Win for advanced manufacturing at Waurn Ponds

Advanced manufacturing research at Deakin’s Waurn Ponds campus has been boosted by high-profile Federal Government funding.

Deakin University Vice-Chancellor Professor Jane den Hollander AO has welcomed the announcement of the recipients of the first round of grants from the Federal Government’s Advanced Manufacturing Growth Fund.

Carbon Revolution and LeMond Composites each received $2.5 million to expand and develop their operations within the Geelong Future Economy Precinct at Deakin’s Waurn Ponds campus.

“As we all know, Geelong’s future is high-value, advanced manufacturing, which is why Deakin University welcomes this week’s $10.1 million Federal Government investment in the city’s continuing economic transformation,” Professor den Hollander said.
“Deakin is passionate about supporting the communities we serve, working collaboratively with industry and relevant business and governments to drive forward solutions to the challenges confronting our region.

[testimonial_text]Our University has played a key role in finding these solutions, leveraging off our world-class research, infrastructure, and industry and government partnerships.[/testimonial_text]
[testimonial_picture name=”Professor Jane den Hollander” details=”Vice-Chancellor of Deakin University”]
Vice-Chancellor Professor Jane den Hollander[/testimonial_picture]

Deakin’s award-winning Carbon Nexus centre was established at Waurn Ponds in 2014 as a globally-unique, cutting-edge research facility to conduct basic and industrial-scale research into carbon fibre production methods and composite manufacturing techniques.

Professor den Hollander said that, since then, Carbon Nexus had supported Geelong to establish itself as a world leader in carbon fibre research and manufacturing, supporting the development of a new, high-value manufacturing industry that is creating jobs for the region.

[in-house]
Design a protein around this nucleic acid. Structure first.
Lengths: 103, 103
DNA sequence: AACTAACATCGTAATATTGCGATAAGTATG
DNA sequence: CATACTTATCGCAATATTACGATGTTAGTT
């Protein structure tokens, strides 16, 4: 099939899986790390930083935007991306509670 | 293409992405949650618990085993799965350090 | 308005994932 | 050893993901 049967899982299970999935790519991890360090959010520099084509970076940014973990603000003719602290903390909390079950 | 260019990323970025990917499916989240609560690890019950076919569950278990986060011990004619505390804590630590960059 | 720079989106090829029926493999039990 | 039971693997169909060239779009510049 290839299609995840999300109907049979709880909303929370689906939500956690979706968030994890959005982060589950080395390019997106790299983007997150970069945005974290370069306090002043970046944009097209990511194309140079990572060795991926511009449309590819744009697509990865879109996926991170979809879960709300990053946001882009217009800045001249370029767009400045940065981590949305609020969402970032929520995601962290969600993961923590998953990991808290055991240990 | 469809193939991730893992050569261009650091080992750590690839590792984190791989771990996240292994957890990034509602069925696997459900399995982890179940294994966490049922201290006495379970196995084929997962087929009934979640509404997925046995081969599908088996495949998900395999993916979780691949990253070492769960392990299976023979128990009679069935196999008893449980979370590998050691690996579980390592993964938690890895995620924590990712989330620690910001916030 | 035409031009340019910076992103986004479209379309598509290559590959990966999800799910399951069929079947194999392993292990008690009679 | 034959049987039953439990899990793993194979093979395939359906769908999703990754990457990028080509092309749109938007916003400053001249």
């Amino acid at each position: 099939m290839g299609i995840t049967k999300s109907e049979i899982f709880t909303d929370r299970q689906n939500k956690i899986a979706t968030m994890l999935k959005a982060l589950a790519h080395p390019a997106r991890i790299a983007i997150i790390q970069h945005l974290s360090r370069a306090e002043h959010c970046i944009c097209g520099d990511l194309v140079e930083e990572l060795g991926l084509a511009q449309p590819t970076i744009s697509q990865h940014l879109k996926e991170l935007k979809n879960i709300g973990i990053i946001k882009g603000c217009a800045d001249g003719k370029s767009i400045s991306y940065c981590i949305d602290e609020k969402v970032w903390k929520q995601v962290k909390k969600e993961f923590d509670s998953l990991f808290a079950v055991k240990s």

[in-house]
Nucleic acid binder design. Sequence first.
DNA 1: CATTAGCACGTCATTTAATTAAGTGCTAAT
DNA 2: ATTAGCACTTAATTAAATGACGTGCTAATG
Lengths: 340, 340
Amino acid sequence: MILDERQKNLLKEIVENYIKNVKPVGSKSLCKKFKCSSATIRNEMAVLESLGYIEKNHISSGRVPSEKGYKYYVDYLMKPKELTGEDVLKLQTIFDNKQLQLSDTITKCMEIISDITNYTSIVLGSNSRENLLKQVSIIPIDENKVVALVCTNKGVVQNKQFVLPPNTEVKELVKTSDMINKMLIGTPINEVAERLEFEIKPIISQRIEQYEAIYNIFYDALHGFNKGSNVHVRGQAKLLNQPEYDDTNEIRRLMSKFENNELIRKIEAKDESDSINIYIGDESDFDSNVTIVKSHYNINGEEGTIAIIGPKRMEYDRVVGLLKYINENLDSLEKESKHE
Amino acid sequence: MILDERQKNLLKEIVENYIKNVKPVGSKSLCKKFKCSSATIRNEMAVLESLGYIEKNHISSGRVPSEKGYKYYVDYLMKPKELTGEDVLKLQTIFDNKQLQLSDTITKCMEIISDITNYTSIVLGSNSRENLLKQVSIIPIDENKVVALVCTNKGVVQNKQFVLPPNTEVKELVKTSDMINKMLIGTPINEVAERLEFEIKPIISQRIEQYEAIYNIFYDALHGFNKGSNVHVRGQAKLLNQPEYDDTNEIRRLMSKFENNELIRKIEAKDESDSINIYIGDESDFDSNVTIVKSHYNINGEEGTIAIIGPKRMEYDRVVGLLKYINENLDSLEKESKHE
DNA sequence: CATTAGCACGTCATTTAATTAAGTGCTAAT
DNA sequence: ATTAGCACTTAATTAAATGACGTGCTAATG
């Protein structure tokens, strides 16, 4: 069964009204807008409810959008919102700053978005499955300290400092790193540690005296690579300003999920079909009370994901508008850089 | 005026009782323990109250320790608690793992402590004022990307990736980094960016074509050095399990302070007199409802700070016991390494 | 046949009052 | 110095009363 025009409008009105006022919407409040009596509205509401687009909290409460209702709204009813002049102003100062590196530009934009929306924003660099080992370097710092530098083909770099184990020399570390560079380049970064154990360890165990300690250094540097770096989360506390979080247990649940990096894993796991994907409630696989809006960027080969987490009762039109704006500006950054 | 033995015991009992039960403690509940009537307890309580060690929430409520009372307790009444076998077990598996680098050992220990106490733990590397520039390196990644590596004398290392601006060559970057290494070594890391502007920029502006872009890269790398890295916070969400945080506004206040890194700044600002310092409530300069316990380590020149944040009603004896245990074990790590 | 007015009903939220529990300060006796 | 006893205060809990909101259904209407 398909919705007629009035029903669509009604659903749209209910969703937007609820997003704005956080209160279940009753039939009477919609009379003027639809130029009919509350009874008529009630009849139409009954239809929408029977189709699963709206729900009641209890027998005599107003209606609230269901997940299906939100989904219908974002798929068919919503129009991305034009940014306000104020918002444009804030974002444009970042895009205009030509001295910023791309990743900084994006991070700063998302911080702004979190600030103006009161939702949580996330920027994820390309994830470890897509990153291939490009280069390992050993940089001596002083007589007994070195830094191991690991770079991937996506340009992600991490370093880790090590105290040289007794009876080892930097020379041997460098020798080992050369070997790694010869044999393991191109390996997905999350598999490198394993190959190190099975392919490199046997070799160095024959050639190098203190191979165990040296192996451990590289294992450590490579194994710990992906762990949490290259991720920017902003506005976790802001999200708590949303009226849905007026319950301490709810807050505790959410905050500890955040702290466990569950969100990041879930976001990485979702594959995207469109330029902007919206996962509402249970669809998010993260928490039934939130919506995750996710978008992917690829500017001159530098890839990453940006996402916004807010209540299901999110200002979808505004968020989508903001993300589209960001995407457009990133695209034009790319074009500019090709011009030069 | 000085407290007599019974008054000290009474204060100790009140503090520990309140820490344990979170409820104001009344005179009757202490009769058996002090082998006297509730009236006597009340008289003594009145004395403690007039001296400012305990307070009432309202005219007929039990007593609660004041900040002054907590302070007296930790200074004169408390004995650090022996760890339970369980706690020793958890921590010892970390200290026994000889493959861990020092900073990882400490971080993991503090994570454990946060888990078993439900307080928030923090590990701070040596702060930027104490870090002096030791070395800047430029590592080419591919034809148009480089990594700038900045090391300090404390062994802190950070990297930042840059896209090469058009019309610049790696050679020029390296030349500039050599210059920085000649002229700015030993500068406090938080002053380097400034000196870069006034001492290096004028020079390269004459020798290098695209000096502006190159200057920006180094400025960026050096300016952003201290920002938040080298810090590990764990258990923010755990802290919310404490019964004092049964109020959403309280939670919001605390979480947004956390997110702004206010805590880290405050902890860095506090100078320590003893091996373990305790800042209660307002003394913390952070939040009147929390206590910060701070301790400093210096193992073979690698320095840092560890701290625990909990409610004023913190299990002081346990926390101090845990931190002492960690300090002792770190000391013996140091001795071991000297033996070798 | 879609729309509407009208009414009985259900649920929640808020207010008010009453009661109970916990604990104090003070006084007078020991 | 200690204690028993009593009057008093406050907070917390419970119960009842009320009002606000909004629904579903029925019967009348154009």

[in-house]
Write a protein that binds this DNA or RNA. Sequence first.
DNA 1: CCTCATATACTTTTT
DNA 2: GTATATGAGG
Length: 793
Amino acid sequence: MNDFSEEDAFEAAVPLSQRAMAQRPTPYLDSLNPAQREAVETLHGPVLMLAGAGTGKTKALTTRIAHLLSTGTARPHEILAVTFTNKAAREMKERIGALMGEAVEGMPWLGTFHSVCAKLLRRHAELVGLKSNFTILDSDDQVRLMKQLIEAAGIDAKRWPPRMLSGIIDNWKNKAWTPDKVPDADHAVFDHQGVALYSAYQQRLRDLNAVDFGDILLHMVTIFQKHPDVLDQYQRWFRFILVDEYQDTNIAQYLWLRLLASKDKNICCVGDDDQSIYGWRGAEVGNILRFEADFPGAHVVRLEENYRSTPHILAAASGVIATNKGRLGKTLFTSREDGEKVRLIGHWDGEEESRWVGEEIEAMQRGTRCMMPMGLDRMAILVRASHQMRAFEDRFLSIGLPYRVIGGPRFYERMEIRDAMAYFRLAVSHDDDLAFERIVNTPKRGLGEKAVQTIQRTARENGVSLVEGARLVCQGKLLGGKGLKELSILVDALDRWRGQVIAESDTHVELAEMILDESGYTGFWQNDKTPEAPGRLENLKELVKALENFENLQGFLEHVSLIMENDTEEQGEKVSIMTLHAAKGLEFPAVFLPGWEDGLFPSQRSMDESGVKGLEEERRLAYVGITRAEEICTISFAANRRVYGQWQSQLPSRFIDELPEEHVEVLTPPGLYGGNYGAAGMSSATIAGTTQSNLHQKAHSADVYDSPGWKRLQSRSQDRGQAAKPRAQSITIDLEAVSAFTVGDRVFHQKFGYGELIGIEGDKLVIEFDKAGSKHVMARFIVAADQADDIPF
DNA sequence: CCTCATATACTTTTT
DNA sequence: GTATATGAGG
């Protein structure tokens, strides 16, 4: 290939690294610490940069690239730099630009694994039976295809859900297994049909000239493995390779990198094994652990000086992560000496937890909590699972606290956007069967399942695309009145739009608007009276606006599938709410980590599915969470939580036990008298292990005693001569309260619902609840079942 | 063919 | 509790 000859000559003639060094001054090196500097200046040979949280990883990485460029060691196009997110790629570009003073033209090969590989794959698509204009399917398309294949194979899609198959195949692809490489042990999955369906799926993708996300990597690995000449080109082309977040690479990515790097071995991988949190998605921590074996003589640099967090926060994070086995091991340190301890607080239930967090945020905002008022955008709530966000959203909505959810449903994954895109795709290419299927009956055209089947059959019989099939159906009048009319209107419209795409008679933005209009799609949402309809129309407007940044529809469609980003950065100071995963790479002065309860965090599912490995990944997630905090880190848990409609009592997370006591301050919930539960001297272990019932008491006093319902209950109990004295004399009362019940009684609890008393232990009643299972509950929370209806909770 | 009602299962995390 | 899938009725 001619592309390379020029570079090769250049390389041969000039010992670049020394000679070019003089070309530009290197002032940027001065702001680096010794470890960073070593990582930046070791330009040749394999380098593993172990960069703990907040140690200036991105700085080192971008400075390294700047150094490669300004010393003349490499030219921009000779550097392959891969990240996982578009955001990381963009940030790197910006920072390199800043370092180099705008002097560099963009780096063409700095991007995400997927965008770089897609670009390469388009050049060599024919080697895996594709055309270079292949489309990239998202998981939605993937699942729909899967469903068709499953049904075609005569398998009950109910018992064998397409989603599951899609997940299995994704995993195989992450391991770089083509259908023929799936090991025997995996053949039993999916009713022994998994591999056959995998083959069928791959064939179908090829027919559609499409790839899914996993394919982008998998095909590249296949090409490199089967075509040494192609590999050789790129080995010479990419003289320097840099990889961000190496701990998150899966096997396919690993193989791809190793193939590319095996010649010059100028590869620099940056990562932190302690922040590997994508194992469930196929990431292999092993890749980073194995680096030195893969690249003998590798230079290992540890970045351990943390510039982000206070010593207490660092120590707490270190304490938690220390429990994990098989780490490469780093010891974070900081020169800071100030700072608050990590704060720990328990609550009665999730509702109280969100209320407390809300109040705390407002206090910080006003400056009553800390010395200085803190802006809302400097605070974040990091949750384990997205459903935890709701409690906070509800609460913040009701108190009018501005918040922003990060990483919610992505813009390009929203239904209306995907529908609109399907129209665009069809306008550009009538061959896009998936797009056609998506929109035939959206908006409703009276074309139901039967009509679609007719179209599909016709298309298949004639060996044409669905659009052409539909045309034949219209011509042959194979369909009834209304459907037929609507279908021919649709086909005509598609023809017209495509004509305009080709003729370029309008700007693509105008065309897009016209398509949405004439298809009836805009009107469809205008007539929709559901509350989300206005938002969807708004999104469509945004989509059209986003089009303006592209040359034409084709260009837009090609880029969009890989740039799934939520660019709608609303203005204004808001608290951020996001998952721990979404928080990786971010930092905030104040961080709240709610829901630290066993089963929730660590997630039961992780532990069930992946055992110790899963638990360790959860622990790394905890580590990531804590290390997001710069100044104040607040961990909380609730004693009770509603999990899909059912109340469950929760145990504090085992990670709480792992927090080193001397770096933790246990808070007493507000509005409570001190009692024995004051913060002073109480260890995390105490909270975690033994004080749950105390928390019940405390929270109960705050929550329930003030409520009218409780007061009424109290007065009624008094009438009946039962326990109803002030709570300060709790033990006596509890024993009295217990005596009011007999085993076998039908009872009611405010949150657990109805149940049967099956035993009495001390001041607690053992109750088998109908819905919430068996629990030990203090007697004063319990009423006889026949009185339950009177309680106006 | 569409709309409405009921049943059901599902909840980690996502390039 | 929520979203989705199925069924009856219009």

Earlier this year, a breakthrough in carbon fibre research at Carbon Nexus that will make the production of carbon fibre faster and less expensive led to a $58M agreement with LeMond Composites. The partnership allows LeMond Composites to license the new technology from Carbon Nexus.

Developed by Carbon Nexus PhD student Maxime Maghe and former General Manager Steve Atkiss, the technology centres around the optimisation of chemical production processes. It has the potential to reduce energy in carbon fibre production by 75 per cent and the production process time from around 80 minutes to under 15 minutes.

The specialised carbon fibre production machinery required is expected to cost about 50 per cent less than current equipment and allow a 70 per cent reduction in the size of a carbon fibre processing plant.

LeMond Composites is expected to use its Advanced Manufacturing Growth Fund funding to develop Australia’s first commercial carbon fibre manufacturing plant, which will produce commercial quantities of carbon fibre under license from Deakin and create dozens of jobs for the region.

Carbon Nexus

Carbon Nexus at Deakin University

Carbon Revolution, a multi-million dollar wheel manufacturer, has been nurtured from start-up by Deakin and all levels of government. Its founders include carbon fibre wheel innovators Dr Ashley Denmead (Engineering and Design Director) and CEO Jake Dingle.

Carbon Revolution produces the world’s first one-piece, carbon fibre composite wheels for supply to the global automotive and aerospace industries. Already employing over 120 people in its $24 million factory, the rapidly-growing company works closely with its research partners, including Carbon Nexus.

The company is now embarking on a major expansion. Already supplying Ford Motor Company in Detroit and with additional contracts with other manufacturers, it has signed an agreement with a North American aircraft landing gear manufacturer to develop carbon fibre wheels for use in aerospace.

It is currently extending its premises by around five times and expects to employ over 600 people and increase its production capacity from 10,000 carbon fibre wheels a year to more than 150,000 at Waurn Ponds by 2022.

“Carbon fibre development was a key project highlighted by the Geelong Economic Futures blueprint Deakin jointly developed with the City of Greater Geelong and G21” Professor den Hollander said.

“The Federal Government investment is a welcome show of support for this shared vision.

“For Geelong to secure 34 per cent of the Advanced Manufacturing Growth Fund’s first round demonstrates the strength of this vision, and the work of the Member for Corangamite to advance the region’s plan in Canberra.”

Published by Deakin Research on 20 October 2017

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